Maybe you run for the fun of it. Maybe you’re training for your first race. Maybe you have a definite time goal that you are striving for in a goal race that’s not too far away. Just about everyone who runs uses some sort of timing device to give them an idea of how their run went.
Some people want to know only the distance that they’ve run. Some only want to know how long they were running. And some want to know every possible detail, including distance for warm up, stats on the intervals that just cost a lung, time between intervals, cool down pace, distance, and time, heart rate, elevation change, or even the ability to compare this week’s long run to last week’s long run. How much information you desire may steer you toward one device or another.
For those that only want to know the amount of time that you spent running, I suggest you consider a watch 🙂 If you just want to track your distance then there are dozens of apps that you can put on your cell phone that will do a reasonably good job. Most use a single satellite and will give you a good approximation. What I have found is that the Runtastic app shorted me a tad on the mileage, mostly by cutting corners shorter than I had run them. Conversely, the Map My Run app seems to pad the mileage on the corners just a bit so I ended up with a few extra hundredths on short runs. No big deal, you say? Consider all of the turns in a full marathon. Using the Map My Run app during the (certified) Disney Marathon in January, I apparently ran 26.9 miles instead of the traditional 26.2. The difference here is a very big deal when you’re attempting to pace yourself, either so you hit a goal time or to avoid over-extending yourself and burning out.
I also tried Runkeeper for a run or two, but found the voice reading back my mid-run stats to be annoying. If you think that using a phone app is sufficient for your needs, there are a bunch of reviews online. A couple other popular candidates to look for are Nike+ and Strava. Many of the apps are free to use (with ads) and upgradeable with extra features and fewer ads.
Like I said, I’ve used three different phone apps, and at that point in my running career they served their purpose. I am now doing more interval training and working with a HR monitor so I have stepped up to the next level. I debated moving up for quite a while because, like many of you, cost is a big factor for me to consider. I asked several runners who have been at this longer than I have and considered several options. In the end I purchased a Garmin Forerunner 310XT. It is not the latest and greatest product that Garmin offers but it does what I need it to do and more. And it is more affordable because it’s not the latest and greatest.
When I run with the Garmin I typically use the chest strap in order to monitor my heart rate. This is probably the biggest difference between a watch-type GPS device and a phone app GPS device. And it has made a huge difference in my training. I wore the Garmin and strap during a recent 5k where I achieved a PR and ran so hard at the end that I literally felt like I was going to fall down. From that race I learned that my maximum heart rate is 192. Using the old-style generic formula (220 minus age) I was led to believe that my max heart rate was 174. Huge difference there! And that difference gives me different heart rate ranges to train in for different paces. If you think you might want this feature be sure that the model that you purchase includes the strap – not all of them do! I also like the wireless transfer of data from the watch to my PC – it will upload the data to my Garmin page while I’m still wearing the watch.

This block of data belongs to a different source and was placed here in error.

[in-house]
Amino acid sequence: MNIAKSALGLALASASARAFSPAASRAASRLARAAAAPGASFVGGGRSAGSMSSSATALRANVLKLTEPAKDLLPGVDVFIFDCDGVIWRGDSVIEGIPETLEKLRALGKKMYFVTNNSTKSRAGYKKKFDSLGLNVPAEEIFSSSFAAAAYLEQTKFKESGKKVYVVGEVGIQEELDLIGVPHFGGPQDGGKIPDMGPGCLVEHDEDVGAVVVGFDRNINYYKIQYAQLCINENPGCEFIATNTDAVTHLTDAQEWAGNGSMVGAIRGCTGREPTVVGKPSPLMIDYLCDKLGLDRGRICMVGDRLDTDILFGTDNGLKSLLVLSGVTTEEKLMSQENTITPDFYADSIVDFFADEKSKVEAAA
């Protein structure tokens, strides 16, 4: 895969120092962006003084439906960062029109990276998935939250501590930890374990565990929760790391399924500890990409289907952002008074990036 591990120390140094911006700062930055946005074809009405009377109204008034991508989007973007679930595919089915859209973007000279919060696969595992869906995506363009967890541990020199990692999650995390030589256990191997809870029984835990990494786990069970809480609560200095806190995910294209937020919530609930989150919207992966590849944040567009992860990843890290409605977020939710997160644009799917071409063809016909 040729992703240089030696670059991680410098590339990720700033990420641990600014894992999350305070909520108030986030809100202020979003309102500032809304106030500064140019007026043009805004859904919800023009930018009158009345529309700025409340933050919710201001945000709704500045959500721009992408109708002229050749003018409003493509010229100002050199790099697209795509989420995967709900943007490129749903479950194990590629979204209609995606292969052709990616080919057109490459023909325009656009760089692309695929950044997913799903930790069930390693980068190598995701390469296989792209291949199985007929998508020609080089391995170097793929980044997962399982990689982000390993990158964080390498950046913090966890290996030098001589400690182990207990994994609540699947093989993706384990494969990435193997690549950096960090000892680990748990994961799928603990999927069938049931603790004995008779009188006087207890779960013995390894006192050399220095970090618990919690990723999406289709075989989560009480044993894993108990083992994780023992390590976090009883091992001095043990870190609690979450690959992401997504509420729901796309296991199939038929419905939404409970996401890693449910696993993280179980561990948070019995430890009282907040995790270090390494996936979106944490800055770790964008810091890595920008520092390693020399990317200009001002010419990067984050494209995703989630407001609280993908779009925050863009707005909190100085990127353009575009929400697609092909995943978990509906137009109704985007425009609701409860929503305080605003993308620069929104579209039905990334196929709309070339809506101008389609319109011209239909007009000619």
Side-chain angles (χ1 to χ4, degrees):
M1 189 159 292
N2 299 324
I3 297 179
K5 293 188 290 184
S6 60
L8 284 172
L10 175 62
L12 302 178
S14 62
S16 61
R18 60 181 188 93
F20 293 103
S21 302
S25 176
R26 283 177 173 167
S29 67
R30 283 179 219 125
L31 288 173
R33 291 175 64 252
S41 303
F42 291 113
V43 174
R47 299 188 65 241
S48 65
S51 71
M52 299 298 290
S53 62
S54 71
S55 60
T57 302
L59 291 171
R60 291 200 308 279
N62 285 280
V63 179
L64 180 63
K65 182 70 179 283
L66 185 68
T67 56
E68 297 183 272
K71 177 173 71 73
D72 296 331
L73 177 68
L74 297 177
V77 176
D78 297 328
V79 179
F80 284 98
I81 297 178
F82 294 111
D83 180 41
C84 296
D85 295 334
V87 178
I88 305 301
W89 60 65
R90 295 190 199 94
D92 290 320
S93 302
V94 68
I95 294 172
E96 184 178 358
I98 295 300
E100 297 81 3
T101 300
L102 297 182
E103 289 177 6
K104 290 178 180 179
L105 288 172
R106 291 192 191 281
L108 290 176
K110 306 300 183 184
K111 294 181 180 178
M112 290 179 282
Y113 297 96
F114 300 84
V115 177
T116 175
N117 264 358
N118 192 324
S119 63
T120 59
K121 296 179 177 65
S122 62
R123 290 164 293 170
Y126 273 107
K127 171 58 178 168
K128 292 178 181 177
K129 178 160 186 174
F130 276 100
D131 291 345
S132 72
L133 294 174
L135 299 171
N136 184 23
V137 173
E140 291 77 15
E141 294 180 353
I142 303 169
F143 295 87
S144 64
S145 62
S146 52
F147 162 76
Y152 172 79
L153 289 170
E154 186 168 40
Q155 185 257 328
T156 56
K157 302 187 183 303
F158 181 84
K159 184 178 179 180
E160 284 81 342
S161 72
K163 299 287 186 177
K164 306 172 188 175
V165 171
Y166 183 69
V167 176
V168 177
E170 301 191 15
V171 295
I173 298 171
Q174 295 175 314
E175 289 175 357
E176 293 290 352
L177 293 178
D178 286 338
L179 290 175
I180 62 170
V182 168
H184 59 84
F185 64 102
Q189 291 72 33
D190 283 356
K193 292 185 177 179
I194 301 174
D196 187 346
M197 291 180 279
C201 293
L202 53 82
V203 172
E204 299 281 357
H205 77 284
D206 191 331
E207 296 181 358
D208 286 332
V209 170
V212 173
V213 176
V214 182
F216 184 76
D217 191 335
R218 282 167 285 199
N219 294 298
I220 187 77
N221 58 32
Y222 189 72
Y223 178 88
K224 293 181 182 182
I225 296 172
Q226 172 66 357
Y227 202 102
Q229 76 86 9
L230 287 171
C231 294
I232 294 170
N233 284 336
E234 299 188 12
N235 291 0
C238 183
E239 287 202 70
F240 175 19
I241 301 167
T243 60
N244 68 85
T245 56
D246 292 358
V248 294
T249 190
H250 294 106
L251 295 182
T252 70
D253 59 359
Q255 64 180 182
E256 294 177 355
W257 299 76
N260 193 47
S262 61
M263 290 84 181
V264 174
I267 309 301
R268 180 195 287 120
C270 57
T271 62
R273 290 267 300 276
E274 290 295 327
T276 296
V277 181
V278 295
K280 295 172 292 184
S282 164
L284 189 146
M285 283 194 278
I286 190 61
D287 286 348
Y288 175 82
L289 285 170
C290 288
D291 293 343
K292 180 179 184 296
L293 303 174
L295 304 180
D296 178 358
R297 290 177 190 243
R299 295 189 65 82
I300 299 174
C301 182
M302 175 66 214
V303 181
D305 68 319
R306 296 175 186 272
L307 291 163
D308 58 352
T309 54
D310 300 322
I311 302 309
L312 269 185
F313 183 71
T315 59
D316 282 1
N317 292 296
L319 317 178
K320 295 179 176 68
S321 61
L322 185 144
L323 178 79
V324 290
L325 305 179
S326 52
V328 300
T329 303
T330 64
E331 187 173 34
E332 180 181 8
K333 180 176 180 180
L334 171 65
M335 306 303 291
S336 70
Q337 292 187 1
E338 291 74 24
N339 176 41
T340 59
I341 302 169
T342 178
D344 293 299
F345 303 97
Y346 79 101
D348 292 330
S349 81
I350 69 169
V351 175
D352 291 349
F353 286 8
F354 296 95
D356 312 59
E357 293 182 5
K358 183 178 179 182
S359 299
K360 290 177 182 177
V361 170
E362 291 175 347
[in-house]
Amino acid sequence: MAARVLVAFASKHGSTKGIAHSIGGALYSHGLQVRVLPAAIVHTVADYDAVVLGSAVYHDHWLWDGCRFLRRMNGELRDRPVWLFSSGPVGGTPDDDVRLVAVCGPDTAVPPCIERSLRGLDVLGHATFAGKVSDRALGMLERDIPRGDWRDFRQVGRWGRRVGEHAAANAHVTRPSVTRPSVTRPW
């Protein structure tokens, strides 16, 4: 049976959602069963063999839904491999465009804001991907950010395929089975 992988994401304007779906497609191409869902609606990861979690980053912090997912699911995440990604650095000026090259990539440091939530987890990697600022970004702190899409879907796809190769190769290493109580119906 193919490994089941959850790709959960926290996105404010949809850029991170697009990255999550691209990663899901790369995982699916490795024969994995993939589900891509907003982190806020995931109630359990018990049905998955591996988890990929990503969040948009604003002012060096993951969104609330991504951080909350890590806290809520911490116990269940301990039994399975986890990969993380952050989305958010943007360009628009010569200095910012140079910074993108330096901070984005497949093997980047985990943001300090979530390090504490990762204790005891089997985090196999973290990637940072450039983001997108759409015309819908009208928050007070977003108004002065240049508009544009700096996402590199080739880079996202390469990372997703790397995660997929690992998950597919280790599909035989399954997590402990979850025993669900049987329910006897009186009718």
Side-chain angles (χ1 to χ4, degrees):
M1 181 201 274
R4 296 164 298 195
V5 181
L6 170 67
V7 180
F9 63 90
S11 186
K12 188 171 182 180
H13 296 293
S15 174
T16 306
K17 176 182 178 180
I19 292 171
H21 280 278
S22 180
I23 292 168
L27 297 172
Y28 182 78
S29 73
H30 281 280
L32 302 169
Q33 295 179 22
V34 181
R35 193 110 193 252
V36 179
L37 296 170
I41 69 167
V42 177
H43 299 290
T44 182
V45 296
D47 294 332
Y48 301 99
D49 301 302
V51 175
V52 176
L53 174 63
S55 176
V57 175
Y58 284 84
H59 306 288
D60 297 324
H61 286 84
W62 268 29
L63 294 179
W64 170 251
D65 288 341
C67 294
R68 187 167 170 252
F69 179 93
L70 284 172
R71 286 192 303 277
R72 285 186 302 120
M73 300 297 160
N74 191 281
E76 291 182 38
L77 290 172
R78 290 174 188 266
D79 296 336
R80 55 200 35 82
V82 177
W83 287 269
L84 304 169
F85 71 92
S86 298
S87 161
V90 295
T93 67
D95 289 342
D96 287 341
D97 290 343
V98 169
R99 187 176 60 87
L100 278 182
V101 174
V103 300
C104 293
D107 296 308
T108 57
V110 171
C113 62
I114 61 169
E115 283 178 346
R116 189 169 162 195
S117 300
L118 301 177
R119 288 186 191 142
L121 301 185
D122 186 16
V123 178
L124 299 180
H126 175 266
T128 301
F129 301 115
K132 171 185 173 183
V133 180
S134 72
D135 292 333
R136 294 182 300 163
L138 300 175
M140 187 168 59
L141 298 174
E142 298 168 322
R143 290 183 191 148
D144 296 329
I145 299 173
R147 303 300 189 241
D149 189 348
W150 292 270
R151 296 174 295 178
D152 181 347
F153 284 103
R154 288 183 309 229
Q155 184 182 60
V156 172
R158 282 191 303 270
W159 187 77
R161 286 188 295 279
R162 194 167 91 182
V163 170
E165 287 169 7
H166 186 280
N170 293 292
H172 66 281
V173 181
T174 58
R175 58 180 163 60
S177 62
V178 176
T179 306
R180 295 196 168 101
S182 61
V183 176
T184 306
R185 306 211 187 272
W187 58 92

I’ll let some pictures do the talking for some of the other features that come with using a Garmin, with a couple of side notes. The screens shown below are completely customizable. I set them up this way because it works for me – you can choose different data to look at, set up 1-4 screens, and set up 1-4 fields on each screen. I also have mine set so that every mile becomes a new “lap” so I get different data for each mile. When I do intervals I can begin a new lap for each interval and for each recovery period.
This model of Garmin is typically available on Amazon and eBay for under $150 including the chest strap. Bonus… it’s waterproof because it’s designed to be used in triathlons. Yes, you can program it to switch from swim to bike to run with the push of a button. Garmin (and other companies) have newer and perhaps better products, but some of them can run in the several hundred dollar range. If I had to guess I’d say the newer ones a probably a little lighter. This watch takes a couple of runs to get used to because of the weight, but it took me less than a week to get used to and I haven’t worn a watch at all since the 1980s. I’m also a big fan of Garmin’s use of multiple satellites, which makes it more accurate than the GPS phone apps.
Once the data is uploaded wirelessly to my PC, I am able to look at each split for time, distance, max HR, average HR, elevation change, and many other details. I am also able to see graphs of elevation change, speed, and heart rate for the entire run. IN other words I am able to analyze every aspect of the run and even look at a particular piece of the run that seemed really good or really bad.
I have only been using a Garmin for three months now, but I would highly recommend it to anyone that is looking to take their training to the next level. Have questions? Leave them for me in the comments and I’ll do my best to answer them!